May 28, 2018
John Bielenberg is an advocate of not just thinking outside the box. He’s vocal about thinking wrong in order to confront challenges in more effective and efficient ways. In today’s episode, we hear about his take on innovative thinking, natural wrong thinkers, and our own challenge to push our brains beyond their comfort zones.
“The status quo or business as usual is like gravity. It will want to pull everything onto that linear pathway.” - John Bielenberg
Three Things We Learned
- To think wrong doesn’t necessarily mean to think better
It means to challenge what is widely accepted in order to create avenues for alternatives to the norm. People need to embrace the exponential value of what makes them different instead of the incremental value of what makes them better. Ultimately, a different perspective can save one’s neck, much like how adaptive features can save a species through an extinction event.
- Our brains are hardwired to conform, but we need to train them to think wrong
At an early age, we’re all trained to do things a certain kind of way—from how to walk, how to tie our shoelaces. Throughout human history, however, people who defied the normalcy came out of it as pioneers in their own right.
“It’s the thing that’s different that gets people to pay attention.” - John Bielenberg
- There are natural wrong thinkers, then there’s the rest of us
Albert Einstein, Pablo Picasso, Steve Jobs… they all went against the current at some point, and these geniuses are naturals at thinking wrong. While there’s everyone else who will have to work to keep our brains from acting on the compulsion to follow pre-existing thinking pathways.
Innovative thinking can be so radical that people would likely flock to the opposite direction. It’s being comfortable with the thought that deviating from what we’re all conditioned to accept breaks boundaries. In the end, thinking wrong will advance our lives and our careers.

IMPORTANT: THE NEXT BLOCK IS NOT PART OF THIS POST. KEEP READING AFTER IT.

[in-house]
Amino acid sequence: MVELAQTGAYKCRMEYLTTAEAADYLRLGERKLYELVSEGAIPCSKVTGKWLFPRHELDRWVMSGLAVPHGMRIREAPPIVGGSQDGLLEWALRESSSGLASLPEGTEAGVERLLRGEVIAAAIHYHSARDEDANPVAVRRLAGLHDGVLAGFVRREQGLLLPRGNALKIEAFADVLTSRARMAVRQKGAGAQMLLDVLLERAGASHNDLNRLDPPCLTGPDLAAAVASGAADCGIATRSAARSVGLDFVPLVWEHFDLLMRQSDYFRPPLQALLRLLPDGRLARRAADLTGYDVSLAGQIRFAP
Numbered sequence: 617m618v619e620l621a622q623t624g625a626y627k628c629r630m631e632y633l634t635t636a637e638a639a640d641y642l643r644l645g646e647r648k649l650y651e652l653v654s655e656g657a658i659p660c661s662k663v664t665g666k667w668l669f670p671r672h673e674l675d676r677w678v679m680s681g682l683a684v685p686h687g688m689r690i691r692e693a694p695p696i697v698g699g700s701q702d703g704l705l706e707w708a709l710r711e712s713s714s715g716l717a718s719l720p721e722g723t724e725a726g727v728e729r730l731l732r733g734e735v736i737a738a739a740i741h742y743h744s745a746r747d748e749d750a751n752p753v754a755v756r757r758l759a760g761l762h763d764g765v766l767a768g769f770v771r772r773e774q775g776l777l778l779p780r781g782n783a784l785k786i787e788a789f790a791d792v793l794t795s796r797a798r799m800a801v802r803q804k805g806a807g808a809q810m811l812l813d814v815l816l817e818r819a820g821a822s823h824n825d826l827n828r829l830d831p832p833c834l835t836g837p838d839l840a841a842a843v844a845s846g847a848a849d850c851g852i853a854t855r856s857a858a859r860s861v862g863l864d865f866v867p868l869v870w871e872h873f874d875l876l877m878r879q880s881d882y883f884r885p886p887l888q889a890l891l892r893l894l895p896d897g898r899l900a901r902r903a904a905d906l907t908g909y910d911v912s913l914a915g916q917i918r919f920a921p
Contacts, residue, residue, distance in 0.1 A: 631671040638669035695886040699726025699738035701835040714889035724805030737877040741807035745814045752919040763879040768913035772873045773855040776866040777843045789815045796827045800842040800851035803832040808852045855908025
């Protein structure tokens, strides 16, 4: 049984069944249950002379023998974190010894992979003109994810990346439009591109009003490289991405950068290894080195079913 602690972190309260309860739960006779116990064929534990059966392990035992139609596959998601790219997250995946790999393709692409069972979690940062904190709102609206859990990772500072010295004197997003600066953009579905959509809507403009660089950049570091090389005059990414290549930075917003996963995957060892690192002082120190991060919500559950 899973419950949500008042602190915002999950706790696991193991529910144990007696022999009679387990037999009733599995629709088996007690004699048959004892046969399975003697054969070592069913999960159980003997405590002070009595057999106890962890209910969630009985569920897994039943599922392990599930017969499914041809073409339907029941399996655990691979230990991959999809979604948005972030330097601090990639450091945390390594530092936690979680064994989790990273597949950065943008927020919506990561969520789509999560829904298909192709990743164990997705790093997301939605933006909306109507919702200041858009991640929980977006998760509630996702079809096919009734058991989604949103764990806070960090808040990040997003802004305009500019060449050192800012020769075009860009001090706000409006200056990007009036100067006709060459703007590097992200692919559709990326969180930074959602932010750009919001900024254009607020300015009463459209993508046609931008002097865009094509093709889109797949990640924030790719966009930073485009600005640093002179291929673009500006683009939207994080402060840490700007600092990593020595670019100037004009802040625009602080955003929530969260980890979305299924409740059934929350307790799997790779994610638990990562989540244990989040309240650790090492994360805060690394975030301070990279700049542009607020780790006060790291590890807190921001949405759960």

John Bielenberg is a designer, entrepreneur, and imaginative advocate for creating a better world through the application of creativity and ingenuity.
John co-founded Future Partners, a Silicon Valley Innovation firm, in 2012 to teach Think Wrong Practices to individuals, teams, and organizations around the world.
Through his client work, his partnerships with universities, and via invitations to participate in top conferences and events around the world, John engages with thousands of people a year.
In 2001, John co-founded C2 Group, a brand strategy firm, to help leaders from technology start-ups, Fortune 500 companies, and the world’s top business management consulting firms develop, build and protect their brands.
In 2003, John created Project M, an immersive program designed to inspire and educate young designers, writers, photographers and filmmakers that their work can have significant positive impacts on communities.
John has won more than 250 design awards, including the AIGA (American Institute of Graphic Arts) Gold Medal for lifetime achievement.
The San Francisco Museum of Modern Art has acquired six of his design projects and staged a solo exhibition of his work in 2000. In 2009, John was awarded the Washington University Skandalaris Award for Design Entrepreneurship and an honorary doctorate degree from Maryland Institute College of Art.
Most recently, John launched Secret Project, a new Center for Thinking Wrong at the California College of the Arts in San Francisco.